National leaders call local political shots

What a difference a year makes for Bruce Lunsford. In March 2007, amid the Democratic primary for governor, key unions in Kentucky not only wrote off the possibility of backing Lunsford, some openly campaigned against him. Many in organized labor remained steamed over Lunsford's 2003 run for governor, in which he dropped out of the Democratic primary and later backed Republican Ernie Fletcher in the general election.

But all appears to be forgotten, or at least disregarded, now that Lunsford is the best-known Democrat in the U.S. Senate race and has the blessing of the Washington Democratic establishment. After all, at stake in this primary is the chance to take on U.S. Senate Republican Leader Mitch McConnell, which automatically makes it a nationally watched race.

So last weekend, the Kentucky AFL-CIO voted to endorse Lunsford in the Democratic primary, which features six other candidates.

And Thursday, the Kentucky branch of the United Mine Workers of America, another group unhappy with Lunsford last year, is expected to announce it also will back him.

"I think everyone's overall objective here is to beat Mitch McConnell," said Steve Earle, legislative field director for the mine workers union. "I think Bruce Lunsford is the man to do that."

So why the about-face?

First, the message from the Democratic Senatorial Campaign Committee and its chairman, Sen. Charles Schumer of New York, was unmistakable: Lunsford is their guy. Schumer and the national AFL-CIO, therefore, had a keen interest in Kentucky's labor unions getting behind him, and they made sure to say so, said Bill Londrigan, president of the Kentucky AFL-CIO.

"There may have been a phone call or two," he said.

Second, the unions made the same political calculations that Schumer already has. Lunsford's vast personal wealth can help catch up to McConnell's $10 million fund-raising head start, and his millions of dollars' worth of TV ads run in two previous statewide races made his name familiar to voters.

Londrigan said those qualities became more important because Lunsford and his chief Democratic rival, Louisville businessman Greg Fischer, espoused similar views.

"Let's be honest, there's not a whole lot of difference in how they stood on our working-family issues," he said. "But on balance, we measured Bruce to be a candidate that had more capability to challenge Mitch -- money, name recognition, the support he's going to receive from the ... big players in D.C., the DSCC."

Finally, Lunsford has worked to atone for what the unions and many Democratic activists considered his sins, and he gave them the "right" answers on key questions.

Earle, who ended up in a squabble last year with Lunsford's running mate in his gubernatorial bid, Greg Stumbo, said he and several other UMWA officials had a face-to-face chat with Lunsford two weeks ago. Apologies were made and hatchets were buried, Earle said.

"Quite frankly, I was impressed with him -- his commitment, his vision for Kentucky, his sincerity," Earle said. "We didn't spare asking him the tough questions. ... He was right on every issue."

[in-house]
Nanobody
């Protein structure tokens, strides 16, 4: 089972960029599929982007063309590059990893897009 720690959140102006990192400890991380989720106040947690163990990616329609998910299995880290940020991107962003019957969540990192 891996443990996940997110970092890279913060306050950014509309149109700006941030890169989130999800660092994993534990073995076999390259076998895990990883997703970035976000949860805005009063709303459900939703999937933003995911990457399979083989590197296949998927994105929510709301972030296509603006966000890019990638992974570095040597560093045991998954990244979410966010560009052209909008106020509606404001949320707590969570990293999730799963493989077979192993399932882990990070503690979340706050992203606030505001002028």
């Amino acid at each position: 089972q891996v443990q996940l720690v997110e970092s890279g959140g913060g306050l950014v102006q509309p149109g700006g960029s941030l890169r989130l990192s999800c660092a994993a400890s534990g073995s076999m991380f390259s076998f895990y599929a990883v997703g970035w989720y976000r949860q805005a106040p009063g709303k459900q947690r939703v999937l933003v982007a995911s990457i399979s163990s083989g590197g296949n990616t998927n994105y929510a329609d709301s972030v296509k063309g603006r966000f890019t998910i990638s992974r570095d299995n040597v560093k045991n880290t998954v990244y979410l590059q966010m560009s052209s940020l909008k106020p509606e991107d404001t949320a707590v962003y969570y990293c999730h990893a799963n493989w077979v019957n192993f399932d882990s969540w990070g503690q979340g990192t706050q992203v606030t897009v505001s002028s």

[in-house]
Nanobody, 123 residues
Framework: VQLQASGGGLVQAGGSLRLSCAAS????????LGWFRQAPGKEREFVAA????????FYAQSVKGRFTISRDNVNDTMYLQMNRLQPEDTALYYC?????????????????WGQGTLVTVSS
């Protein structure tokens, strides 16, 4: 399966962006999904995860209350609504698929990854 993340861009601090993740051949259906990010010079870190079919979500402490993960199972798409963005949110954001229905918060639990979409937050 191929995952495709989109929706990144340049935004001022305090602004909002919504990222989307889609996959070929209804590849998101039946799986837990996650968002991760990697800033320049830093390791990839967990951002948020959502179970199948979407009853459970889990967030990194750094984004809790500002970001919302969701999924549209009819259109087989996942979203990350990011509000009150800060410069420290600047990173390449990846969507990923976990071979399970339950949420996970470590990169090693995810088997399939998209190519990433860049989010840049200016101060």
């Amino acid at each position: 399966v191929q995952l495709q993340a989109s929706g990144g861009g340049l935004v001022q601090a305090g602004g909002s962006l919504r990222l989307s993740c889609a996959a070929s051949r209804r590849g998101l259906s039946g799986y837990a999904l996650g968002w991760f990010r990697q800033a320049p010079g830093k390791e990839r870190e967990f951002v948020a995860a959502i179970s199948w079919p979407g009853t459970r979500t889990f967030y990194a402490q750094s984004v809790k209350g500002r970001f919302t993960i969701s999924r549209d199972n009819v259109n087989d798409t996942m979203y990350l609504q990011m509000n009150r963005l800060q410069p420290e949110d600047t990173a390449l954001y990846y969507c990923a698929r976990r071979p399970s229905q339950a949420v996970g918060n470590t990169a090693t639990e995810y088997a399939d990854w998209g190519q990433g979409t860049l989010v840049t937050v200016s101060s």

For instance, Lunsford said he has concerns with NAFTA and supports the Employee Free Choice Act, a measure pending in Congress that addresses the formation of unions.

Lunsford said in an interview that labor's opposition to him last year "was really about taking me to the woodshed" for backing Fletcher. And after staying positive in the 2007 governors' race against Steve Beshear, his standing with Democrats improved.

Lunsford also said he doesn't underestimate the boost in campaign foot soldiers he'll get from the thousands of members of the AFL-CIO and another labor coalition that endorsed him, Change to Win.

"I felt as part of building our franchise to win, we really needed them," he said.

Fischer's campaign shrugged off the unions' backing his rival, saying that it reinforces a perception that Lunsford is a candidate of convenience.

"We have to have a sharp contrast, and Bruce Lunsford is not that: someone who's not obligated or indebted to the Washington establishment," said Kim Geveden, Fischer's campaign consultant.

McConnell also has taken notice.

His e-mail to supporters asking them to donate money last week prominently mentioned the latest developments in the Democratic primary.

"Your gift is even more important now that Big Labor and the National Democrats are jumping in to Kentucky's business," McConnell's message said.

Lunsford, meanwhile, won't say when he plans to launch his advertising phase, claiming that his strategists are keeping that a secret.

"They've refused to let me know for fear I'll answer the question," he said with a laugh. He said to expect "much more activity" in April, and he added that his plan won't hinge on what other Democrats do in the meantime.

"I didn't get in this race to just win the primary, I got in this race to win the seat," he said. "I do believe this is the second-biggest race in the country" after the contest for the White House.


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